My 86 year old mother-in-law has been diagnosed with Alzheimer's. The most difficult symptom to manage has been anxiety. With that she wants company all the time, specifically family. The only test done was MME by her PCP. An MRI of the brain was done a yr before due to frequent falls. The Neurosurgeon ruled out any problems, but the memory and cognitive problems were not so noticeable at that time. The PCP prescribed Aricept and suggested Adult Daycare. I really wonder if more tests should have been done to rule out other causes? Could you please tell me what a Geriatrics specialist would most likely recommend in this sort of situation? Thanks

Mel P. Daly MD., CMD, AGSF, Medical Director Subacute Unit replies...

While many primary care physicians are very comfortable with the diagnosis and treatment of dementia, it may be worthwhile obtaining an evaluation by a specialist (Geriatrician, Geriatric Psychiatrist, or a designated 'memory clinic').  Our Greater Geriatrics group at GBMC does these types of evaluations if you are interested in a 'second opinion'.

Dementia/Combative Question
 
My parents 83 and 89 still live at home and have caregivers come to their house daily to provide help. Last week, a new person was sent to watch my mother while another caregiver took my father to the doctors. When the person arrived, my mother did not want to let her in the house. She had never met this caregiver before and did not trust who she said she was. My mother became combative with her and tried to strangle her. The agency wants us to have her go to a geriatric psychologist for evaluation, which we will do. I feel it is time for both parents to go to a nursing home. Because of my mother combating this caregiver, will she be refused entry into a nursing home? Thank you"

The short answer is "not necessarily." I agree that an assessment by a geriatric psychiatrist or by a geriatrician (Internist or Family Practitioner) would be helpful, to evaluate her overall medical and cognitive state, review her medications and develop or recommend a plan for maintaining her quality of life.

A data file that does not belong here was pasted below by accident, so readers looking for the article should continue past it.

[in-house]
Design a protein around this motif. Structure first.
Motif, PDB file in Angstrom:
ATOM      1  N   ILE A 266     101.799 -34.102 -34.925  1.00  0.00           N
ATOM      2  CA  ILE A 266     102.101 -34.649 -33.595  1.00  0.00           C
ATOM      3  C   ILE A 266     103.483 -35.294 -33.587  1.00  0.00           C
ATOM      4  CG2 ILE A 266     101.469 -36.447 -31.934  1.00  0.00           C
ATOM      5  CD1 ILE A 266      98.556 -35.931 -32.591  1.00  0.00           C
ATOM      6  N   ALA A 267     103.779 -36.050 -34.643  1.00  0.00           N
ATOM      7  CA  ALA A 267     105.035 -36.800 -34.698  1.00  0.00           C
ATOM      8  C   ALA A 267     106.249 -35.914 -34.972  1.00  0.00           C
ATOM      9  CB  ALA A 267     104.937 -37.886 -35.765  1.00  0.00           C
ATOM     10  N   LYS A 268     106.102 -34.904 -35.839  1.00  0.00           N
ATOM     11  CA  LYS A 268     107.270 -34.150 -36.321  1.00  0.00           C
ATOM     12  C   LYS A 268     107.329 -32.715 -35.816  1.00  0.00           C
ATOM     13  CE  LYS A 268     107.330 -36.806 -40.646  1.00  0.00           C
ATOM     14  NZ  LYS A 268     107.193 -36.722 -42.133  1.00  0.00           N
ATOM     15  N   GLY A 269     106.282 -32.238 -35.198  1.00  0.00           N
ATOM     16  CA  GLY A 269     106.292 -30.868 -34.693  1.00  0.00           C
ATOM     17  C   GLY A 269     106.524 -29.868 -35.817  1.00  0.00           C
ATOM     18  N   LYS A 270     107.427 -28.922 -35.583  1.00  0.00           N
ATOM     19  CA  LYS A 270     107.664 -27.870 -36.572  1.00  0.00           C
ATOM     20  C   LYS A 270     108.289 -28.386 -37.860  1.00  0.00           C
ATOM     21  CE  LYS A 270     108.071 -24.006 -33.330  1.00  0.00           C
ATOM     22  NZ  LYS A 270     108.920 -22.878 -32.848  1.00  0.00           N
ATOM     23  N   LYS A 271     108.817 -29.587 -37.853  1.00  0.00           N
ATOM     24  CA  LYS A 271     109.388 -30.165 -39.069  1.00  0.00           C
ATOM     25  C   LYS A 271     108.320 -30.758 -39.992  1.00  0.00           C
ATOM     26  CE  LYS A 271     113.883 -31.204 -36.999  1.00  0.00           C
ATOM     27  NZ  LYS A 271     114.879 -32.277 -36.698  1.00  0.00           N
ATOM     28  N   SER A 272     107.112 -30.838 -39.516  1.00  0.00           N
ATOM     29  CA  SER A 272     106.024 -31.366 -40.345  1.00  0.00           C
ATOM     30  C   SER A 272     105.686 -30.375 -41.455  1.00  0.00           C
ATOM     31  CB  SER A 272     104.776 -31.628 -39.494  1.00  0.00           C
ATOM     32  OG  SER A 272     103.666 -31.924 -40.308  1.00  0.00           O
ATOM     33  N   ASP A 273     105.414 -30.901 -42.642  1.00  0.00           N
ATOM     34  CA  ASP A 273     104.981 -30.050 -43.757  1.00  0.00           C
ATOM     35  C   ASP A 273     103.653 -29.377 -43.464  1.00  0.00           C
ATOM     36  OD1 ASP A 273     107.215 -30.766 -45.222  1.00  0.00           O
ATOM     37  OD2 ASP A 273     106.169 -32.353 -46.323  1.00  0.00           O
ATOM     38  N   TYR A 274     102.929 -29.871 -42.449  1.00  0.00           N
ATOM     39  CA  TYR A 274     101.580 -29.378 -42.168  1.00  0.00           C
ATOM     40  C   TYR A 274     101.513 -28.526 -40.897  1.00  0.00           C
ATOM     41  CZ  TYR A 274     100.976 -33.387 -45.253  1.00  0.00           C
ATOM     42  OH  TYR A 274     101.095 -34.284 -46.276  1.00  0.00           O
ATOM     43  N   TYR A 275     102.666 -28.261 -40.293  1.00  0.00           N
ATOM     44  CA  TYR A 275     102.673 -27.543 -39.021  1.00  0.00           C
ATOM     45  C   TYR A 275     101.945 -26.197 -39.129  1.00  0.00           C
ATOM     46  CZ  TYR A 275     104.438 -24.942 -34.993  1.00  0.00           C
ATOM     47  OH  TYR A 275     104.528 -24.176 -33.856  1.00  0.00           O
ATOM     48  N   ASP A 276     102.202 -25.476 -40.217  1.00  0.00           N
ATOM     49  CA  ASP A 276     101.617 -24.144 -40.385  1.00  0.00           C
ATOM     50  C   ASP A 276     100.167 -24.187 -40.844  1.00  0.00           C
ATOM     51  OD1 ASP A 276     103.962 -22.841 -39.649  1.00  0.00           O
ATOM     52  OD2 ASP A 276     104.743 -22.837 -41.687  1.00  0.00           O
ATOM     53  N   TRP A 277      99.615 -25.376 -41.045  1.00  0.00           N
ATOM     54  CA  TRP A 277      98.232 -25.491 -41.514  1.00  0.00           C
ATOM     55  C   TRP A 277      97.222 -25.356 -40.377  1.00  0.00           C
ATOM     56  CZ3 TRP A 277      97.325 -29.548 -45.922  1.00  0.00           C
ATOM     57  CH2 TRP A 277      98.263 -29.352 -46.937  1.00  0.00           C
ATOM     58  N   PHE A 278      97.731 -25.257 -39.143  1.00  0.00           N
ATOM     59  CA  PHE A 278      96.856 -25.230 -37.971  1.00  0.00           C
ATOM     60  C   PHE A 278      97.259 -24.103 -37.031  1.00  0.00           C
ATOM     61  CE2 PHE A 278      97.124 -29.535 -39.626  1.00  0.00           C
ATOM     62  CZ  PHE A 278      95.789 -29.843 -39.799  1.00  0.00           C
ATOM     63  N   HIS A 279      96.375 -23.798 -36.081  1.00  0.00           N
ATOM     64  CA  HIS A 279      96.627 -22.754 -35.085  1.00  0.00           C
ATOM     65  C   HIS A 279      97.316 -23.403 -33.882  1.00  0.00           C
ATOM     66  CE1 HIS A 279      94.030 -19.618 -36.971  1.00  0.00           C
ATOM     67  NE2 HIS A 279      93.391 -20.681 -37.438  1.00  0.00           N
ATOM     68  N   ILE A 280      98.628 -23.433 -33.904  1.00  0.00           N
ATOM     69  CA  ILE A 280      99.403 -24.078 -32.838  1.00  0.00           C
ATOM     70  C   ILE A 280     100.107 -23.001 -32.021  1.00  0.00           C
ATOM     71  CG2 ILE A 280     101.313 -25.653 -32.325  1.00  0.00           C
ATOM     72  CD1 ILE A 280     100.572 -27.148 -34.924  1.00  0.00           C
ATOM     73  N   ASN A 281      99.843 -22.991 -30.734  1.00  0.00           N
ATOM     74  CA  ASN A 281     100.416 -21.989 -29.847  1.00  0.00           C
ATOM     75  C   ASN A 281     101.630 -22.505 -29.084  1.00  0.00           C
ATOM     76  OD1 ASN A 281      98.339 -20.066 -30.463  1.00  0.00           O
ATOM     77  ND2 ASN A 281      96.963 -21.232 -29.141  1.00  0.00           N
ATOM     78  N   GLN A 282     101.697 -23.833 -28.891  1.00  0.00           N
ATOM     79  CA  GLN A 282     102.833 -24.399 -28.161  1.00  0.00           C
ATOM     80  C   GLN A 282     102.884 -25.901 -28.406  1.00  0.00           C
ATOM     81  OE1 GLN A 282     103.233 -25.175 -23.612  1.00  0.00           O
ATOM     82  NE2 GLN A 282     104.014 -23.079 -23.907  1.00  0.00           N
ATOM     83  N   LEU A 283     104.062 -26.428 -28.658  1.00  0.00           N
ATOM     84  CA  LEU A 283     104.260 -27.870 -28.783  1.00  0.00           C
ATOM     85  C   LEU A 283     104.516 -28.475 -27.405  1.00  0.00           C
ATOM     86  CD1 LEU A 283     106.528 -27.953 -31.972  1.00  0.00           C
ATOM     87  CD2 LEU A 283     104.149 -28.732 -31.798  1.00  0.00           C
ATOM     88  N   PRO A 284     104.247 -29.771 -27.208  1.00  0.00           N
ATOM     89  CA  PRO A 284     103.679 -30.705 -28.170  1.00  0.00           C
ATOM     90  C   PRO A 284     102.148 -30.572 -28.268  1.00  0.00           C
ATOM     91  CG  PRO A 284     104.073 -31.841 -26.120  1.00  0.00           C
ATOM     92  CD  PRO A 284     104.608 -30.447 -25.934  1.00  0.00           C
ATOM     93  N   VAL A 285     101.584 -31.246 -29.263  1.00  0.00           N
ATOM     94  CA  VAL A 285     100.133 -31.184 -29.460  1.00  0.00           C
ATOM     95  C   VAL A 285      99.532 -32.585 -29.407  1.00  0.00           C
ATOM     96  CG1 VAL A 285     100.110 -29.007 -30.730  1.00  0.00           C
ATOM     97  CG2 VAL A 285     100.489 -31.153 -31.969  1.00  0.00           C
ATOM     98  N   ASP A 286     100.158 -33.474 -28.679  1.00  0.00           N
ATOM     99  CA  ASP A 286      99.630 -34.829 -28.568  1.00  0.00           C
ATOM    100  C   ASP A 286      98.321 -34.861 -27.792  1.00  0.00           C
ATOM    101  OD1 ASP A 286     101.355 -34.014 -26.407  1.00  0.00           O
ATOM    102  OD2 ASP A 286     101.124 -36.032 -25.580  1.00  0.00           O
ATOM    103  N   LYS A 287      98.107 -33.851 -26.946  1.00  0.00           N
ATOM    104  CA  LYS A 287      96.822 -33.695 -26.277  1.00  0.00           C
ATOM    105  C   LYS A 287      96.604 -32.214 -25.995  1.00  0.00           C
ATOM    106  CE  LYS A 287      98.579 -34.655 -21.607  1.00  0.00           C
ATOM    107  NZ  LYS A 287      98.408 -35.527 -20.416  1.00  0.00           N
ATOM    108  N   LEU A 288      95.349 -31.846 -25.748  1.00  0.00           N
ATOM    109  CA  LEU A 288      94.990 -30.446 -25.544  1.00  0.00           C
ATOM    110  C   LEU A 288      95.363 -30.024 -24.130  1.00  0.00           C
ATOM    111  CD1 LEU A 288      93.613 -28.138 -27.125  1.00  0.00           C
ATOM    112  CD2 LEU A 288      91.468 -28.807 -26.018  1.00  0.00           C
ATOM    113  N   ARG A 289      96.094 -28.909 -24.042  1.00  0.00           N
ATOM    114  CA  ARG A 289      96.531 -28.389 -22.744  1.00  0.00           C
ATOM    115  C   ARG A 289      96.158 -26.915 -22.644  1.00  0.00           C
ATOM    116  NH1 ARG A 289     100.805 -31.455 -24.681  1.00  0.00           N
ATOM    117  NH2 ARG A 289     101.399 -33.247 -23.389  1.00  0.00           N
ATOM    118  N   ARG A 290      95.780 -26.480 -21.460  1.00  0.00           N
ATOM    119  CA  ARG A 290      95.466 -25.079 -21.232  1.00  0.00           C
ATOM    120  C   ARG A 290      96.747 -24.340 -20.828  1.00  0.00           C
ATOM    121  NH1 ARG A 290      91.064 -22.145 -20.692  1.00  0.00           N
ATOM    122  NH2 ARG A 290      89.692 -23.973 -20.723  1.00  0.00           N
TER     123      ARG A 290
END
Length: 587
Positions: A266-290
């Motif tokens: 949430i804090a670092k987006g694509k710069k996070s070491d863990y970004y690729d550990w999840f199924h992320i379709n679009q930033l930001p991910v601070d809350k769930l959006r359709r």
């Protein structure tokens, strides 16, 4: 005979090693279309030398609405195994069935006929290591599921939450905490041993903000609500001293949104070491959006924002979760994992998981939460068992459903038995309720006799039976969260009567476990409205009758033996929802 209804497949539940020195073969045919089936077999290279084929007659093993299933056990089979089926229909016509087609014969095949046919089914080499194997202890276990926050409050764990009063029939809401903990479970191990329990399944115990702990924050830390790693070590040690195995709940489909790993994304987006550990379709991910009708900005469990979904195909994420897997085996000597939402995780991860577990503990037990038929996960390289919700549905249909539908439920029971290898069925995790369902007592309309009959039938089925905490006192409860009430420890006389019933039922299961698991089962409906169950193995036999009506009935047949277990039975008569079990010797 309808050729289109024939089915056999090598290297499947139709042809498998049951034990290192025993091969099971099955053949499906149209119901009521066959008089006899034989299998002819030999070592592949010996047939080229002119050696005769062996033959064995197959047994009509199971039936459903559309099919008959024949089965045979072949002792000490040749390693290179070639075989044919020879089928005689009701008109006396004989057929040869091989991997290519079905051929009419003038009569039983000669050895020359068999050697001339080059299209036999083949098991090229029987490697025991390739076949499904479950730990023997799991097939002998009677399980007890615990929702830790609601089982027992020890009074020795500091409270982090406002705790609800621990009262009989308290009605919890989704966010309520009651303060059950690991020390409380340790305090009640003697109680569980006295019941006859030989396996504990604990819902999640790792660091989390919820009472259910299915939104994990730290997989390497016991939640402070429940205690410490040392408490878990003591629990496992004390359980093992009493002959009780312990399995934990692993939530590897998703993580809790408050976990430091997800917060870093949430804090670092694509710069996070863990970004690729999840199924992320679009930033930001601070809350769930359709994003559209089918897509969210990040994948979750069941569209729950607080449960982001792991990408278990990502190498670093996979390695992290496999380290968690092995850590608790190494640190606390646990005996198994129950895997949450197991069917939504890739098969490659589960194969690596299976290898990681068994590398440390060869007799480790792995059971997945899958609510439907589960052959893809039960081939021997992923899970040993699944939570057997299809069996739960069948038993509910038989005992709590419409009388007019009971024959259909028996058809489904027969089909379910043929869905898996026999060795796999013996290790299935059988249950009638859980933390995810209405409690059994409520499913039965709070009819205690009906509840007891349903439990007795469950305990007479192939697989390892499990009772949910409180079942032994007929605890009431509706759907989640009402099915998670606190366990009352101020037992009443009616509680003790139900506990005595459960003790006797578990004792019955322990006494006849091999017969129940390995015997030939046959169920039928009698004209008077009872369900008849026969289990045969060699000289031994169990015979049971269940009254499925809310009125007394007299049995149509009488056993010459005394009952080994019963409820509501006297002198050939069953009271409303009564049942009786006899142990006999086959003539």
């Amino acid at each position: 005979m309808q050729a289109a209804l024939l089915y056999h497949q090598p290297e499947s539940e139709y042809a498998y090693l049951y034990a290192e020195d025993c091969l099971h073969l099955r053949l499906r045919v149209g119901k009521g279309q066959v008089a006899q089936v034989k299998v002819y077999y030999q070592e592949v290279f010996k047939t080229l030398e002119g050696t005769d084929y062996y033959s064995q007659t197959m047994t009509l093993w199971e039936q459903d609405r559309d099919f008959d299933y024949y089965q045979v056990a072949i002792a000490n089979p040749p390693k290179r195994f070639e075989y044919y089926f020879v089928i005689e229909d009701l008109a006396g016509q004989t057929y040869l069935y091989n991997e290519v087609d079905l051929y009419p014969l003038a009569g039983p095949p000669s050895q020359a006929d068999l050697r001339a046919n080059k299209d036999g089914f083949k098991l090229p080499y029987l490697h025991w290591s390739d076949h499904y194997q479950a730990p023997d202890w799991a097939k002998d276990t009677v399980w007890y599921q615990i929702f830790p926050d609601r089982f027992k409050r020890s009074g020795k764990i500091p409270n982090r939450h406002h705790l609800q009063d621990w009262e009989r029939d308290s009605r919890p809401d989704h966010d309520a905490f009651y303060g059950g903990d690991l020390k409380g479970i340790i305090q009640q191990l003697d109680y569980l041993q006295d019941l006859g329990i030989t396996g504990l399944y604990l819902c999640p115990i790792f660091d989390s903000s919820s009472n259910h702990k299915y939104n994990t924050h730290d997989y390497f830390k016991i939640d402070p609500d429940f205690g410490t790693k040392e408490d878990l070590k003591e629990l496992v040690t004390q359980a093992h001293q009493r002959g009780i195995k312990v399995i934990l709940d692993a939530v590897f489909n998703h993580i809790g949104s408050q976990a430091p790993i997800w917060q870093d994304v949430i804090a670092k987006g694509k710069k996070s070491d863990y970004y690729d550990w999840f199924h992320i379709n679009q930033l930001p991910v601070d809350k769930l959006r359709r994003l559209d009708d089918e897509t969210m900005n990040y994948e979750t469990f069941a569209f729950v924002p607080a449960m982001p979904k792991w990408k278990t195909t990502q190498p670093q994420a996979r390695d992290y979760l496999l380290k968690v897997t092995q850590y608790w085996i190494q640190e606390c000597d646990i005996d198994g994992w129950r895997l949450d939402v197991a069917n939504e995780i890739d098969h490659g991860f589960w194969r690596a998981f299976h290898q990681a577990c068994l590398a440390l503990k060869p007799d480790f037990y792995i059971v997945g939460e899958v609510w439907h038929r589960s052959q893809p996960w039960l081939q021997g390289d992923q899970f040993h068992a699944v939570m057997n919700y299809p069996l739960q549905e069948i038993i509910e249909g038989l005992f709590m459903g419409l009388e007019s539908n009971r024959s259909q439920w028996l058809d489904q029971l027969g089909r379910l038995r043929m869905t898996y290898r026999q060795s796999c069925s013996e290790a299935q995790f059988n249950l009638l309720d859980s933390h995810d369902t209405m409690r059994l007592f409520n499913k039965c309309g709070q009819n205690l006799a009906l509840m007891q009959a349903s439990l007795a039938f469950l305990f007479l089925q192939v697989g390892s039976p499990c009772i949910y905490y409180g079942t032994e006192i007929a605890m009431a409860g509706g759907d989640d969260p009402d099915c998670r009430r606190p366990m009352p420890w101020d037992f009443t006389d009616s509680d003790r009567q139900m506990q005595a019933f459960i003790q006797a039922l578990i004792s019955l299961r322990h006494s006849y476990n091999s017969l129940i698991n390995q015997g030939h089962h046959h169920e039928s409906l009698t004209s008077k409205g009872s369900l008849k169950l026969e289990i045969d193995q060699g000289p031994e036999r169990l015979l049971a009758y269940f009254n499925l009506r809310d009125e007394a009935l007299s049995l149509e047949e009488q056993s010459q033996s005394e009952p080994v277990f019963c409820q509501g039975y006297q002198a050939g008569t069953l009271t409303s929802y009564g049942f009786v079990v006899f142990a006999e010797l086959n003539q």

The triggers for agitated or violent behavior can often be subtle, and a hired caregiver who may not be familiar with how to approach a patient like your mother (for example, one who is rushed, insistent or overbearing) may quickly escalate a patient with dementia's agitation. Also, if her husband were not present, she may have been even more fearful to have a stranger show up on her doorstep insisting to be let in!

Mel P. Daly MD., CMD, AGSF, Medical Director Subacute Unit replies...

You don't describe whether your mother or father have had violent episodes before, but if this was an isolated occurrence, I don't believe a good long-term care facility which has expertise in caring for the frail elderly should hold this episode against her/you.

Finally, you mention that your parents still live in their home with hired caregivers. If they are still functional enough, another option might be an assisted living facility that specializes in the care of patients with dementia. You can learn more about these as well as nursing homes through your local city or county Department of Aging.

Thanks for your question, and good luck!


 

Elderly Ability to Travel Question
 
My mother is a resident at a comprehensive care facility. She has dementia and osteoporosis and she lost her husband last April. Her mood often is sad, and her mobility is diminishing. In hopes of lifting her spirits, my two sisters and I hope to take her to England for a week at Christmas, with her wheelchair and accessible hotel room.

My brother is very concerned about whether this trip is wise, considering my mother's declining health, and would like a doctor's opinion.

Mel P. Daly MD., CMD, AGSF, Medical Director Subacute Unit replies...

Most physicians support the idea of recreation, vacations, and travel for patients with dementia, however each decision must be individualized considering many factors.

 

Geriatrician Question